Line chart of the execution time of SaveAsText for 100 objects

The export of the forms behaves as expected again, showing a constant execution time around the 1 second mark. So the export time of forms is independent of the total number of objects in the database.

But now look at the queries! Even though the number of exported queries is same in each run, the execution time increases with the number of objects in the database. So when exporting queries with SaveAsText, the execution time is massively dependent on the number of objects in the database. If you have a huge number of queries in your database, it does not only take longer because you need to export more queries, but also because each single call to SaveAsText needs significantly more time to execute.

Bottom line

First of all, please do keep in mind that this problem only affects a very specific scenario. – I work professionally with Microsoft Access for a very long time and I can’t remember to have worked on a database with more than 1000 queries ever.

This surely it is an explanation for the extremely poor performance of Ivercy is this very specific scenario.

As the root cause for this whole Phenomenon is the implementation of the SaveAsText function in Microsoft Access, there is not much we can do about this. It just makes it even more important to further optimize Ivercy’s internal functioning to call these functions as rarely as possible. - That’s what we will be trying to do.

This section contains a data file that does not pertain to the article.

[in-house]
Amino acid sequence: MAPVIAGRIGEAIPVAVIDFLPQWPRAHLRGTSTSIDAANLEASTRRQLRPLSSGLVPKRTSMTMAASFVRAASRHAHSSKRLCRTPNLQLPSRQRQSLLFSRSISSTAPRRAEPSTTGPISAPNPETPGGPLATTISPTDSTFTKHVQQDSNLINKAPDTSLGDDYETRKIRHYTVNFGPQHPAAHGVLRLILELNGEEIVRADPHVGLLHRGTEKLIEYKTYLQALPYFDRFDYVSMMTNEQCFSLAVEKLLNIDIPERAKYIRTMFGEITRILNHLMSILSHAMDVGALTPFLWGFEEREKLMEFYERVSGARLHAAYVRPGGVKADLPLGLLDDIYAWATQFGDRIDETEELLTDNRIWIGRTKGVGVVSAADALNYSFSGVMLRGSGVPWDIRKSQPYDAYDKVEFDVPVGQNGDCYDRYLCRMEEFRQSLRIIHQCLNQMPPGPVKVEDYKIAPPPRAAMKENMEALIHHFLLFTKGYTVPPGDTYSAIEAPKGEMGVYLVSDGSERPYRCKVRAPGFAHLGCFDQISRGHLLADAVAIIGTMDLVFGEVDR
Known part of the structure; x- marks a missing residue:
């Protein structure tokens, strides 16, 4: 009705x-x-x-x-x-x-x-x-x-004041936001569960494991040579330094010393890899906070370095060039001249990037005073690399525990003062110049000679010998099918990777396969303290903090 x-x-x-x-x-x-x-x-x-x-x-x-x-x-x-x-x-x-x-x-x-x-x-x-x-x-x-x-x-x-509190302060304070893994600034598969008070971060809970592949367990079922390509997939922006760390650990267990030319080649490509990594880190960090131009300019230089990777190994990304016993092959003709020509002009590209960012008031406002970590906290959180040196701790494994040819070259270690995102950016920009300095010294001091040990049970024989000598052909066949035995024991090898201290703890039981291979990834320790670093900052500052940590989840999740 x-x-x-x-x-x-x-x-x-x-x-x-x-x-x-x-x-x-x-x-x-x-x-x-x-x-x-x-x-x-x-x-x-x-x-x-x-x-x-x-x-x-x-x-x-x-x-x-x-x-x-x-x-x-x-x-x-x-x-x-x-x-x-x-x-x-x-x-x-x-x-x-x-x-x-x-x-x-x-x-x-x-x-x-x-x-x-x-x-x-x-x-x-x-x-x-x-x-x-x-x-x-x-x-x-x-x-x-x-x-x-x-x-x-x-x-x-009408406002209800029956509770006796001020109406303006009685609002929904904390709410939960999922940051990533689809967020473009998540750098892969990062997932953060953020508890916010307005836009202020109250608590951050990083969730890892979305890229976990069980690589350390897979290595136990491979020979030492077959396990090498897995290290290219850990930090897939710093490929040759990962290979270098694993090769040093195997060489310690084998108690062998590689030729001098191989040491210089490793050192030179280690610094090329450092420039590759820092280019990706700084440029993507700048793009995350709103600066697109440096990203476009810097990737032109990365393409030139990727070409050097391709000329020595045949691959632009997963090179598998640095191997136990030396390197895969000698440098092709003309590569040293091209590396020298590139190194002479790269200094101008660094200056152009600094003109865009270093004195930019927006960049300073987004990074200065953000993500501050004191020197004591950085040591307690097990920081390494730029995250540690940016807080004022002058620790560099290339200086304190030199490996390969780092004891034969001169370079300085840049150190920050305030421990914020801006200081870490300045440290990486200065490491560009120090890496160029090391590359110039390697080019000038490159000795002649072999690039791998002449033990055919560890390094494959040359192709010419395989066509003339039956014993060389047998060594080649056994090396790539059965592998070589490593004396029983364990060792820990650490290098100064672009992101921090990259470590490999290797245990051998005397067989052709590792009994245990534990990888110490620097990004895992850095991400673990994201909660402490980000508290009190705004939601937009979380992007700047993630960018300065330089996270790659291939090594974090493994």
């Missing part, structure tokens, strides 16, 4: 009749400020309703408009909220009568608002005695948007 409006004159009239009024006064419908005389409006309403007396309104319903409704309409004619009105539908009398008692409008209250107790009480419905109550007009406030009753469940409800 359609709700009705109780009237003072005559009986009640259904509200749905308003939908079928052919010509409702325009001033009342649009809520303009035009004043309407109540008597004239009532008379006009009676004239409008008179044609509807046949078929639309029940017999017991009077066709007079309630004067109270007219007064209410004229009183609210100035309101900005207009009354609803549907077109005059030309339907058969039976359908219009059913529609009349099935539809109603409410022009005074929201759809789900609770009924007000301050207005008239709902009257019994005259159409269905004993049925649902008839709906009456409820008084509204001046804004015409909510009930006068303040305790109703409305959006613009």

I wrote about the troubles with getting a stable implementation of background thread to work in Ivercy 1.0.15. The bottom line there was, it does not work with the MSSCCI-Provider for Team Foundation Server / Visual Studio Online and therefore it is disabled in that version except for some of the preparation work.

Background information

While the above is true, there is more to it.

  1. There is a reason, we spotted the problem with the background threading only after the feature was mostly complete. We ourselves use SourceGear Vault as source code control system. And our implementation works flawless with it. We only discovered the issues with the TFS-MSSCCI-Client, as we put the first beta-release candidate through our QA process.

    Depending on the SCC-Client, background threading actually works!

  2. As most of our customers use Team Foundation Server, whose MSSCCI-Client does not work with multithreading, we consider our current implementation flawed and disabled it in the current beta. Still we did not remove feature from source code, but added a hidden configuration option to disable it (partially). This configuration option is not visible in the options dialog in the UI, but it can be changed by editing the _IvercyConfig.xml-File with any text editor.

    You can enable background threading in Ivercy 1.0.15 by editing the config file.

Undocumented option StatusUpdatesInBackground

If you want to experiment with this setting, you can open the configuration file and edit the StatusUpdatesInBackground-Option. To do that, look for this line


The value there is PrepareOnly with a fresh installations of Ivercy 1.0.15 or None after the upgrade of an existing installation. You can replace the option value with any of the values listed below.

Here is a short info on the available options.

Option value



This will completely disable any multithreading and is the safest option value.

Works with: All supported SCC-systems/providers

With this option value set, we consider the current beta release fit for production use.


Only the local change detection is run on a background thread. All SCC-operations run on the main thread.

Works with: All supported source code control systems